Thane said customers also realized for the first time that watering the lawn can take thousands of gallons. “Almost everybody, after seeing the information, they say, ‘Wow, you’re right’” and think about adjusting their watering habits, Thane said.
Not everybody trusts smart meter technology or cares to spend time reading up on their water use, though.
Justin Tanner, a Round Rock resident who lives in Oak Bluff Estates, said he began seeing irregularities on his water bill about three months ago, when the city installed a smart meter at his home.
Since then, he’s been paying $40 to $120 more for about the same water use, and his theory is that, as the city gleans information from his meter, something is going technologically awry.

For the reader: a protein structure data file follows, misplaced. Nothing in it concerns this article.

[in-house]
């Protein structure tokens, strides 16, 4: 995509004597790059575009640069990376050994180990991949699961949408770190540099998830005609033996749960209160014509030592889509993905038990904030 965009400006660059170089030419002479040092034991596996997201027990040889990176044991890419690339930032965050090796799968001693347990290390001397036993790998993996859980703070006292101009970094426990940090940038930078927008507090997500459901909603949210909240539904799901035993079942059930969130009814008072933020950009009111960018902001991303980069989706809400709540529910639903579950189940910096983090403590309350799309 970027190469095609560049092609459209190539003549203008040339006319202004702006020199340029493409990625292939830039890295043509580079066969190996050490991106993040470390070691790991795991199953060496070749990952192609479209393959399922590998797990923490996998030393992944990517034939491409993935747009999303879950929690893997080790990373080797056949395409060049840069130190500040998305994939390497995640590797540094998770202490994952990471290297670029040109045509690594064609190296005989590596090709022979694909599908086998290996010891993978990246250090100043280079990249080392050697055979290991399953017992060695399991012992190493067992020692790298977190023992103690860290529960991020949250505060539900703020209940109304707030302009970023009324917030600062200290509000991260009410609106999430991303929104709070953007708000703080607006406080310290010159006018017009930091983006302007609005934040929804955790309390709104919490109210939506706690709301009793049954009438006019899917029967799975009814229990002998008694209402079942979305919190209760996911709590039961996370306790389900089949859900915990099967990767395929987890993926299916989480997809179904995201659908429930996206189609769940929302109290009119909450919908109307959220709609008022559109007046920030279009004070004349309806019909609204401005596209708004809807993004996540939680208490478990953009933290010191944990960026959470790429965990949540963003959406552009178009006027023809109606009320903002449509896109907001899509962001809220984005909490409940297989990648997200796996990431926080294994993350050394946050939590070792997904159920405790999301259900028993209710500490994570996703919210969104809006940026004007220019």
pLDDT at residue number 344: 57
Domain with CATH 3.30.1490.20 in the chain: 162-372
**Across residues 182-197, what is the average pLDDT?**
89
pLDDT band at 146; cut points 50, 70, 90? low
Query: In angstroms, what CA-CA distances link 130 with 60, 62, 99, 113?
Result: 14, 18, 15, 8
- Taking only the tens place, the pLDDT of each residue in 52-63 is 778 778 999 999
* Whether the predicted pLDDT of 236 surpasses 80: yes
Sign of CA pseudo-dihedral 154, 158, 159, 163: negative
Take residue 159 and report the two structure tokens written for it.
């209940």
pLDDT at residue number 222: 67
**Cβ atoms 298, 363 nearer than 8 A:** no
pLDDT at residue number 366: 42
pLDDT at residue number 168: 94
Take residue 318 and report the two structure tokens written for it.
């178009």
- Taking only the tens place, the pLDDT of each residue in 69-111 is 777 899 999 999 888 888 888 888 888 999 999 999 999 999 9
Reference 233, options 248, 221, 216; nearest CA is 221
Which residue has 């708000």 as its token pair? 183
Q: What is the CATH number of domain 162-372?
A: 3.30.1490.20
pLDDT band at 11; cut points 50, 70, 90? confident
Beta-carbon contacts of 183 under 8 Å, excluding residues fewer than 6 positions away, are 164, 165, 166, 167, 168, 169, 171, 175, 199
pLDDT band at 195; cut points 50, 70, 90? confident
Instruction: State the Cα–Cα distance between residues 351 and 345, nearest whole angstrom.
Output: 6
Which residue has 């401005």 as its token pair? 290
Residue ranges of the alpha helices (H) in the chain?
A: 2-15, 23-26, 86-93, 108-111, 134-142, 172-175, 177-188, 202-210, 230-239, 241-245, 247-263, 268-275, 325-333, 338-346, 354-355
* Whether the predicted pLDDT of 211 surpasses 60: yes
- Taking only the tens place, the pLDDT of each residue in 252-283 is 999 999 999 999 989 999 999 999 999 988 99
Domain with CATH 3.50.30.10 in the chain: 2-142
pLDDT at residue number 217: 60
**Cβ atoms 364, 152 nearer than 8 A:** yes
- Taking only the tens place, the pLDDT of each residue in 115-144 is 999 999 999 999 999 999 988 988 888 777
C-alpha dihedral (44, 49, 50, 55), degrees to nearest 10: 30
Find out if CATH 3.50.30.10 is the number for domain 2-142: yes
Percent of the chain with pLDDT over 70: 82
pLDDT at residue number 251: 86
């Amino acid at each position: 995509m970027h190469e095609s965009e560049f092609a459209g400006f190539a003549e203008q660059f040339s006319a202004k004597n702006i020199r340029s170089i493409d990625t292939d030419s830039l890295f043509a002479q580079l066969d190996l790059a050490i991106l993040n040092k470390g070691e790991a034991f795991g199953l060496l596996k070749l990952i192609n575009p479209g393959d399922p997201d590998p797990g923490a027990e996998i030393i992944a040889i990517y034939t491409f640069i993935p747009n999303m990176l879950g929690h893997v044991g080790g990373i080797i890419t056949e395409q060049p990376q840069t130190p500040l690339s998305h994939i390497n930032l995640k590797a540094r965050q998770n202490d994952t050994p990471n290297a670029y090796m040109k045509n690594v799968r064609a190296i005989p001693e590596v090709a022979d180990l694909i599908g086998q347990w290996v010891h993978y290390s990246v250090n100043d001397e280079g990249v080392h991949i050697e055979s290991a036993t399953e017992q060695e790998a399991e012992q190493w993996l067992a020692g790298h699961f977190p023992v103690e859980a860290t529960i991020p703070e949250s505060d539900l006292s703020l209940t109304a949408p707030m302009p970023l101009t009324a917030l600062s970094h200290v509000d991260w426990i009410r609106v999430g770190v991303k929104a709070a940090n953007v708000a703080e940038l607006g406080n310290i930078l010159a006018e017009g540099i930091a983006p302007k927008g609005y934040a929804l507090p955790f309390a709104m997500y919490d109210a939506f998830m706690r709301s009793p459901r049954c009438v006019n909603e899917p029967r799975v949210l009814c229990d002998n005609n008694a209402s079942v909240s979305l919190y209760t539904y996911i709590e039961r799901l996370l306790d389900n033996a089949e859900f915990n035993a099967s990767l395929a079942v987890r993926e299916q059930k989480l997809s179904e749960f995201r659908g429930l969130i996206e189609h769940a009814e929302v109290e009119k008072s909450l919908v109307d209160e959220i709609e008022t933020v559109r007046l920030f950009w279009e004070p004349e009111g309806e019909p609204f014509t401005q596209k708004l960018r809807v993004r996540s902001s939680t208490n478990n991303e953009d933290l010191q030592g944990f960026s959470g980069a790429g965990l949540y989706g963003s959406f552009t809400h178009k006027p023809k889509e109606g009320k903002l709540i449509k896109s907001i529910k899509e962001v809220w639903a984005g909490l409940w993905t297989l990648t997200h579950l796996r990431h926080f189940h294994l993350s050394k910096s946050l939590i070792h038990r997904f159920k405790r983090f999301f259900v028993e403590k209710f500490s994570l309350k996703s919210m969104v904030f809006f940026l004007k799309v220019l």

What if he could access a Web portal – like the one Round Rock plans to make available to consumers — showing him more detailed data on his water use, such as how much water his lawn irrigation took?
“I don’t know if I’d really want to take the time to monitor that,” Tanner said. “As many things as I have going on in my life weekly, one less thing is better for me.”
‘What could go wrong?’
Pecan Street — started as a collaboration between the University of Texas, the city of Austin and tech companies — tests and develops ideas from university faculty and private companies in the real world, including pilot tests of smart water meters.
Six years ago, Pecan Street studied about 50 to 60 “all-in-one” smart water meters that replaced the old water meters at the homes of program participants. It was a dud: Many of the smart water meters just stopped working.
“The problem is you’re putting electronics into an underground pit with water. What could go wrong? A lot of things,” Pecan Street CEO Brewster McCracken said. “We found out these all-in-one meters that water meter companies were pushing were having failure rates that were far higher than the meter companies were saying they would have.”